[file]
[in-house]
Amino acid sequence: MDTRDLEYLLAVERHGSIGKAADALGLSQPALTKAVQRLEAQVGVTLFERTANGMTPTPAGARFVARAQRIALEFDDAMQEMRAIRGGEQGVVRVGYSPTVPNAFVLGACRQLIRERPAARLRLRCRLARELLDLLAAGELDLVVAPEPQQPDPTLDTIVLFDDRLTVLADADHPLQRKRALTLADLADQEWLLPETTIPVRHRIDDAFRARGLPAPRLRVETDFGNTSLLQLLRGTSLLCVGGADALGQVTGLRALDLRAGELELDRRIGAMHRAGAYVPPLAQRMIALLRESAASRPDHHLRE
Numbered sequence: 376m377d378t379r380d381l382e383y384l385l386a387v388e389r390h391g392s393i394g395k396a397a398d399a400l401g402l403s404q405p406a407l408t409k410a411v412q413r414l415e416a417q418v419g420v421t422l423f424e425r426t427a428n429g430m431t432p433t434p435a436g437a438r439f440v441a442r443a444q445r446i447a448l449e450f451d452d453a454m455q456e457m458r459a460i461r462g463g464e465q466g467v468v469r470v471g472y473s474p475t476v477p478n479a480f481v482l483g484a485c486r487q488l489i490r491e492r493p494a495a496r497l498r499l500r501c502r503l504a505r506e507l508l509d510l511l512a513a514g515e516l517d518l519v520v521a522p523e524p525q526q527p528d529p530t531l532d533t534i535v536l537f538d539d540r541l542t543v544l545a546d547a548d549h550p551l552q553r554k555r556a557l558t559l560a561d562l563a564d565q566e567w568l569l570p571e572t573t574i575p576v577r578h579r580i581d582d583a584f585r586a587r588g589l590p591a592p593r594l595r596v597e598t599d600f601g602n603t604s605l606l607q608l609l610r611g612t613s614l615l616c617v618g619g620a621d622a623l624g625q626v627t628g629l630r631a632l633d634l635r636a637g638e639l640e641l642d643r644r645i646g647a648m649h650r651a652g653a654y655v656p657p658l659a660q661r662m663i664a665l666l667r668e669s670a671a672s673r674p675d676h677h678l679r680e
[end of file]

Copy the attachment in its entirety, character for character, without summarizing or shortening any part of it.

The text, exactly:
[in-house]
Amino acid sequence: MDTRDLEYLLAVERHGSIGKAADALGLSQPALTKAVQRLEAQVGVTLFERTANGMTPTPAGARFVARAQRIALEFDDAMQEMRAIRGGEQGVVRVGYSPTVPNAFVLGACRQLIRERPAARLRLRCRLARELLDLLAAGELDLVVAPEPQQPDPTLDTIVLFDDRLTVLADADHPLQRKRALTLADLADQEWLLPETTIPVRHRIDDAFRARGLPAPRLRVETDFGNTSLLQLLRGTSLLCVGGADALGQVTGLRALDLRAGELELDRRIGAMHRAGAYVPPLAQRMIALLRESAASRPDHHLRE
Numbered sequence: 376m377d378t379r380d381l382e383y384l385l386a387v388e389r390h391g392s393i394g395k396a397a398d399a400l401g402l403s404q405p406a407l408t409k410a411v412q413r414l415e416a417q418v419g420v421t422l423f424e425r426t427a428n429g430m431t432p433t434p435a436g437a438r439f440v441a442r443a444q445r446i447a448l449e450f451d452d453a454m455q456e457m458r459a460i461r462g463g464e465q466g467v468v469r470v471g472y473s474p475t476v477p478n479a480f481v482l483g484a485c486r487q488l489i490r491e492r493p494a495a496r497l498r499l500r501c502r503l504a505r506e507l508l509d510l511l512a513a514g515e516l517d518l519v520v521a522p523e524p525q526q527p528d529p530t531l532d533t534i535v536l537f538d539d540r541l542t543v544l545a546d547a548d549h550p551l552q553r554k555r556a557l558t559l560a561d562l563a564d565q566e567w568l569l570p571e572t573t574i575p576v577r578h579r580i581d582d583a584f585r586a587r588g589l590p591a592p593r594l595r596v597e598t599d600f601g602n603t604s605l606l607q608l609l610r611g612t613s614l615l616c617v618g619g620a621d622a623l624g625q626v627t628g629l630r631a632l633d634l635r636a637g638e639l640e641l642d643r644r645i646g647a648m649h650r651a652g653a654y655v656p657p658l659a660q661r662m663i664a665l666l667r668e669s670a671a672s673r674p675d676h677h678l679r680e